TITLE: Carnival Character
TYPE: mask
GENERAL REGION: Europe
COUNTRY: Switzerland
SUBREGION: Lucerne
ETHNICITY: Swiss
DESCRIPTION: Character Mask
MAKER: Toni Meier, Kriens (1941- )
CEREMONY: Fasnacht (Carnival)
AGE: 2011
MAIN MATERIAL: linden wood
OTHER MATERIALS: paint; lacquer; dyed cotton cap

Fasnacht is what the Swiss call Carnival.  In many towns in Switzerland, Austria, southern Germany, and northern Italy, local folk don elaborate masks and costumes to parade through the town.  Different Swiss towns have variations on the parade, such as Fasnacht of Basel, the Tschäggättä of Lötschental, or the Rabadan of Bellinzona.

Although traditional masked Carnival is no longer celebrated in most of Lucerne, in the town of Kriens, masquerade using masks called Muur or Hübeli still plays a role. Two types of masked are typically used in this region, satirical character masks such as this one, which can represent either sex. Character masks come in many different types, such as the Wöschwyb (washerwoman) and Alter (old man). The other type are Schreckmasken (fright masks) representing scary men, known as the Krienser Deckel (Kriens head) and Buuremaa (farmer).

Unfortunately, the best book on Swiss masking traditions is available in German only: Albert Bärtsch, Holzmasken: Fasnachts- und Maskenbrauchtum in der Schweiz, in Süddeutschland und Österreich (AT Verlag 1993).

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TITLE: Flums Carnival Mask
TYPE: face mask
GENERAL REGION: Europe
COUNTRY: Switzerland
SUBREGION: Flums
ETHNICITY: Swiss
DESCRIPTION: Alte Frau (Old Woman) Mask
MAKER: Marcus DeFlorin, Flums (1959- )
CEREMONY: Fasnacht (carnival)
AGE: 2011
MAIN MATERIAL: wood
OTHER MATERIALS: paint; wool hair; cloth

Fasnacht is what the Tyrolean Swiss call Carnival.  In many towns in Austria, southern Germany, Switzerland, and northern Italy, local folk don elaborate masks and costumes to parade through the town.  Different towns have variations on the parade, such as the Schemenlaufen of Imst, the Schellerlaufen of Nassereith, and the Muller and Matschgerer of Innsbruck, Austria.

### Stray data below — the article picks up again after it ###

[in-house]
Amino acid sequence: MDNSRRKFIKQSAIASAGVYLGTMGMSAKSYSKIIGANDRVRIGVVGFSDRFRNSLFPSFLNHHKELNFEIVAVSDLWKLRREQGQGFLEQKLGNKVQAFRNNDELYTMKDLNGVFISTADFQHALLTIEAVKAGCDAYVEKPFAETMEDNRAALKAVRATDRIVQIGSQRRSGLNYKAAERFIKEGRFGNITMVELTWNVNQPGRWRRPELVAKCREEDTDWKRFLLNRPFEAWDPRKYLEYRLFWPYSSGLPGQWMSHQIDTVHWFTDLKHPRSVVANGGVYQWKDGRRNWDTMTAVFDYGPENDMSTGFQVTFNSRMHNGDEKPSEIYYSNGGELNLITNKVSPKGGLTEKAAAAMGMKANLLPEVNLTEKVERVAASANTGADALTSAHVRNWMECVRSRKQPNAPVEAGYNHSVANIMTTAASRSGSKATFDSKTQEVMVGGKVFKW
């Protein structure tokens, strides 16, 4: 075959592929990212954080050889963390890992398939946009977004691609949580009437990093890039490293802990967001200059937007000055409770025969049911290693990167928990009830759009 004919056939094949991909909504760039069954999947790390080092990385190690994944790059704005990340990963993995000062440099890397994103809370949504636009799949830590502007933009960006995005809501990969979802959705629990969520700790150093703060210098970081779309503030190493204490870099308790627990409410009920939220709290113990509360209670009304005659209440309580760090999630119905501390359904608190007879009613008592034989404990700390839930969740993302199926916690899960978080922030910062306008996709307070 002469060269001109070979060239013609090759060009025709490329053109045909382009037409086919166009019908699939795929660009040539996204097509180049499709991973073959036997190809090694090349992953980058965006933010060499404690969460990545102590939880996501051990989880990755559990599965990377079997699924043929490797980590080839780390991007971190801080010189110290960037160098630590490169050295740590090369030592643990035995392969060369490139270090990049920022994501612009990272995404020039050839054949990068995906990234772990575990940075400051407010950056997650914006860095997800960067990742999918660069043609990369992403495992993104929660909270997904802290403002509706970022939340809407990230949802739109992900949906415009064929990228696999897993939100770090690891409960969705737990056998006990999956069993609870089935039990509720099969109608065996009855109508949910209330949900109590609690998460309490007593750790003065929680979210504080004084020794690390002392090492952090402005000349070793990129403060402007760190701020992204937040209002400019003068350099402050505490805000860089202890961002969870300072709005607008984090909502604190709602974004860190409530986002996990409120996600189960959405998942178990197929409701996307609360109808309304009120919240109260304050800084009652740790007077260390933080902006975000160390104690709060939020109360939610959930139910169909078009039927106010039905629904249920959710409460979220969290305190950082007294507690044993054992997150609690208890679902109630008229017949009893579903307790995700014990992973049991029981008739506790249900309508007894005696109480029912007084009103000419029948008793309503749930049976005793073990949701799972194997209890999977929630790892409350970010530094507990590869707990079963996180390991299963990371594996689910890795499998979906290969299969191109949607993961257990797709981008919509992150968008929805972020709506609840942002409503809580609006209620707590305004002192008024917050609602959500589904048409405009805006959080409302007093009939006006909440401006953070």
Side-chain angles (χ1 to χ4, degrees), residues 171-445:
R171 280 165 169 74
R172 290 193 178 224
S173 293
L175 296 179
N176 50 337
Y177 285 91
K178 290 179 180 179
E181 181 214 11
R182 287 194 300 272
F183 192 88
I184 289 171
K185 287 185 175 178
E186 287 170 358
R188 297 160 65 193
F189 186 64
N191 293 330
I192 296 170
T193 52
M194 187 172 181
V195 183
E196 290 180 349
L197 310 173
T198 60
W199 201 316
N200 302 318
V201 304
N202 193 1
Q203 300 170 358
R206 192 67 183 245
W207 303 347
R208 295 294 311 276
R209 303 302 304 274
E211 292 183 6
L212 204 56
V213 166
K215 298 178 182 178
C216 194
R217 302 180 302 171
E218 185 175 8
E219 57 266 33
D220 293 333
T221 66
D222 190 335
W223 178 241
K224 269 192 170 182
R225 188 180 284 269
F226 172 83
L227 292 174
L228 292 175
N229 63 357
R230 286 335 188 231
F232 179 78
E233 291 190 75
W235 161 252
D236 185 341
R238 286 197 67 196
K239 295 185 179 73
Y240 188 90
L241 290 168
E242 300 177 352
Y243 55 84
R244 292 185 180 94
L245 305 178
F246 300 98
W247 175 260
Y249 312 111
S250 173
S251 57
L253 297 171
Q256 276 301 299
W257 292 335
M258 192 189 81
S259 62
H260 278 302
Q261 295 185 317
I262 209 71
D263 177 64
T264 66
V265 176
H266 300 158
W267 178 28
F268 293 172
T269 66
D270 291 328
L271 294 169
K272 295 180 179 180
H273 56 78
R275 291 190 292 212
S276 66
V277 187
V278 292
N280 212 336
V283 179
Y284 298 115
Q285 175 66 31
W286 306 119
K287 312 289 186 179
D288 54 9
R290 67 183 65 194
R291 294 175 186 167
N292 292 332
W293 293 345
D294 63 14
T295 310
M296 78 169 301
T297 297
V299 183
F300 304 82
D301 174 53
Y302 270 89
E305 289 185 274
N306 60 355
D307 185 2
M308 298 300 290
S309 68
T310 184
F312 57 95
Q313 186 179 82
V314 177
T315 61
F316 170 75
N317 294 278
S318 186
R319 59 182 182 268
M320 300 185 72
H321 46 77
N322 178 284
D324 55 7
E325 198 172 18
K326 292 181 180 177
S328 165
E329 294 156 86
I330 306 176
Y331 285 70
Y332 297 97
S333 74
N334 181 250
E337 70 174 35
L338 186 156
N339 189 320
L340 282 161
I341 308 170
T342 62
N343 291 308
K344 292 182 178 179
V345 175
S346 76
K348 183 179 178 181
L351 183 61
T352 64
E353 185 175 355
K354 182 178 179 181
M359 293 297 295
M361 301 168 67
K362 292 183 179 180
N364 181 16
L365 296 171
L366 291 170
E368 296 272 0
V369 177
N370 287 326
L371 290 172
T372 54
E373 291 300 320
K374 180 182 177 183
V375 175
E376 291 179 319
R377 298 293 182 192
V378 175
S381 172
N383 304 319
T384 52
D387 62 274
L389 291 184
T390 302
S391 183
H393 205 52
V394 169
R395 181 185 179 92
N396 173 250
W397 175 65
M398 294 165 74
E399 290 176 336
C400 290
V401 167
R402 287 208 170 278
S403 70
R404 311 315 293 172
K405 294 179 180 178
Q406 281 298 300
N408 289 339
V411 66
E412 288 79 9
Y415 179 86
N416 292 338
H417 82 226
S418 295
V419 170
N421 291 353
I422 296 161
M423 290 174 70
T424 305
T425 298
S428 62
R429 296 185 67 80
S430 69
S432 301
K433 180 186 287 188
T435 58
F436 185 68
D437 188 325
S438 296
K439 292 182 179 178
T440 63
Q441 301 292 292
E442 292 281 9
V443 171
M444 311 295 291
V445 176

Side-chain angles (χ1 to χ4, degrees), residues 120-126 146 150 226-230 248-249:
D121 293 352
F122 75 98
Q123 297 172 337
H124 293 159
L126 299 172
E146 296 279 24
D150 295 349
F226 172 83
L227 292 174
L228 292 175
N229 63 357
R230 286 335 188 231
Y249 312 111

In Flums, carnival masks have a distinctive pear shape and tend to have a satirical purpose. The Flums style has been highly influential in neighboring villages.

Unfortunately, the best book on Swiss masking traditions is available in German only: Albert Bärtsch, Holzmasken: Fasnachts- und Maskenbrauchtum in der Schweiz, in Süddeutschland und Österreich (AT Verlag 1993).

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TITLE: Waggis Carnival Mask
TYPE: helmet mask
GENERAL REGION: Europe
COUNTRY: Switzerland
SUBREGION: Basel
ETHNICITY: Swiss
DESCRIPTION: Waggis (Alsation) Carnival Helmet Mask
MAKER: Unknown
CEREMONY: Fasnacht (Carnival)
AGE: ca. 1970s
MAIN MATERIAL: paper maché
OTHER MATERIALS: paint; plastic hair; wool hat

Fasnacht is what the Tyrolean Swiss call Carnival.  In many towns in Austria, southern Germany, Switzerland, and northern Italy, local folk don elaborate masks and costumes to parade through the town.  Different towns have variations on the parade, such as the Schemenlaufen of Imst, the Schellerlaufen of Nassereith, and the Muller and Matschgerer of Innsbruck, Austria.

In Basel, Switzerland, masks are almost all made of paper maché and take a helmet form. Armies of costumed clowns, musicians, and dancers, called cliques, parade around town in uniform mask styles for 72 nearly continuous hours on the Monday following Ash Wednesday. The paraders must wear their Larven (masks) throughout the parade and are expected never to remove the mask in order to identify themselves.  They throw confetti at crowd members with such proliferation that it blankets the streets.

Although there is a great deal of innovation and creativity in mask styles, there are certain styles that tend to reappear annually. This mask, known as Waggis, represents a big-nosed, frizzy-haired clown, who wears wooden clogs, a blue shirt, and a red neckerchief. He is a prankster who parodies the Alsatian farmers who formerly came to Basel market days to sell their produce (Waggis literally means a person from Alsace in Basel dialect). It was worn for several decades and retired after the 2010 parade.

Other common characters include the Alti Dante (old aunt), Dummbeeter (trumpetist) and Pierrot (a sad clown from the late Italian Commedia dell’Arte, known for his white and black makeup).

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